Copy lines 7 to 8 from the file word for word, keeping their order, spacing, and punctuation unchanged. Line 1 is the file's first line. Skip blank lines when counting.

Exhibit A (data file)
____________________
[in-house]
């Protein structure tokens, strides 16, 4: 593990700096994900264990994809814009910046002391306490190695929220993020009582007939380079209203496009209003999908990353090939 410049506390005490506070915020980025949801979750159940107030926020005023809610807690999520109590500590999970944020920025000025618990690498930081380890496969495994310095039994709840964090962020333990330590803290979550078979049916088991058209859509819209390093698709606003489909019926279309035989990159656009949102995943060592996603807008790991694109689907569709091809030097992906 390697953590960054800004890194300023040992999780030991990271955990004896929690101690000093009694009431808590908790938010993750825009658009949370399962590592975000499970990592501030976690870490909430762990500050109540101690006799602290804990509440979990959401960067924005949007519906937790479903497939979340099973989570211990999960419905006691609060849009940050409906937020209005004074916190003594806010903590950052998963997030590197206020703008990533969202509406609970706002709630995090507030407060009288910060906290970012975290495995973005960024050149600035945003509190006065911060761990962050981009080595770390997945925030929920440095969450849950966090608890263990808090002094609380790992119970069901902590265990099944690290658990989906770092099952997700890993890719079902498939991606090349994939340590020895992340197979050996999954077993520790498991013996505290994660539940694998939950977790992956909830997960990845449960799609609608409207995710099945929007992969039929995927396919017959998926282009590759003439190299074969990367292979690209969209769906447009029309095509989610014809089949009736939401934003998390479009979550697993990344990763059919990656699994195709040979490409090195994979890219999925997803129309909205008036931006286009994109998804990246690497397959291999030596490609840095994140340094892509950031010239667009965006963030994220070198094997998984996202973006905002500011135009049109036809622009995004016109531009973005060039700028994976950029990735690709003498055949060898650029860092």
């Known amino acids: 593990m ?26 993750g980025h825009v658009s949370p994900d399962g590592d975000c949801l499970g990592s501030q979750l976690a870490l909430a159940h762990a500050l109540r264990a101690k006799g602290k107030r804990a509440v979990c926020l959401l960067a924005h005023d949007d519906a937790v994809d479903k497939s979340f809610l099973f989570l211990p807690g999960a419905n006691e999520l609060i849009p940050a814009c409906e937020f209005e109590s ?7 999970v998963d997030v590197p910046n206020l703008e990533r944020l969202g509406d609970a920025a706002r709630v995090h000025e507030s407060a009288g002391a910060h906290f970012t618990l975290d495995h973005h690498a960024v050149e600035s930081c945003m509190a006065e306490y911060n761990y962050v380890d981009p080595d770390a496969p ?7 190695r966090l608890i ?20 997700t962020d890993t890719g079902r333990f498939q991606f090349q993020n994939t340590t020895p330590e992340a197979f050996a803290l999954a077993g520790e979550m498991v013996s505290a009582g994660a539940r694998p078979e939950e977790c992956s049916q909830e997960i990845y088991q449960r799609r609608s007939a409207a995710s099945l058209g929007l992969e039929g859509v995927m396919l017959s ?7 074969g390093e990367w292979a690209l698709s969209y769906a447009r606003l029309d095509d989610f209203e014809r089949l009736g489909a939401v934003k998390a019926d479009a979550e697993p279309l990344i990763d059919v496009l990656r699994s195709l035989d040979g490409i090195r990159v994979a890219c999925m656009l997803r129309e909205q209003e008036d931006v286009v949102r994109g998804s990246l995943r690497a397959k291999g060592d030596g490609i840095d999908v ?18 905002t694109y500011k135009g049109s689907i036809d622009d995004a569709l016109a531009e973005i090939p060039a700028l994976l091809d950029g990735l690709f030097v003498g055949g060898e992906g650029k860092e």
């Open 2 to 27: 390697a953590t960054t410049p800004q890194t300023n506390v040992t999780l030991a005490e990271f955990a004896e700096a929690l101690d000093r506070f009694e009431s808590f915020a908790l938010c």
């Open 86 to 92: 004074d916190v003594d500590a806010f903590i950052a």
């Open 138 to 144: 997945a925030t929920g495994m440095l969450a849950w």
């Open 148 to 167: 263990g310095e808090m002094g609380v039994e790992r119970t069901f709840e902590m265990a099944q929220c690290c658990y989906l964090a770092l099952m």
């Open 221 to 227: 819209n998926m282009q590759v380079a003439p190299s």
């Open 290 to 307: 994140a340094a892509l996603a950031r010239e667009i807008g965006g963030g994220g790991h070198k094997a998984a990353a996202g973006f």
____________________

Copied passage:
């Open 148 to 167: 263990g310095e808090m002094g609380v039994e790992r119970t069901f709840e902590m265990a099944q929220c690290c658990y989906l964090a770092l099952m």
């Open 221 to 227: 819209n998926m282009q590759v380079a003439p190299s």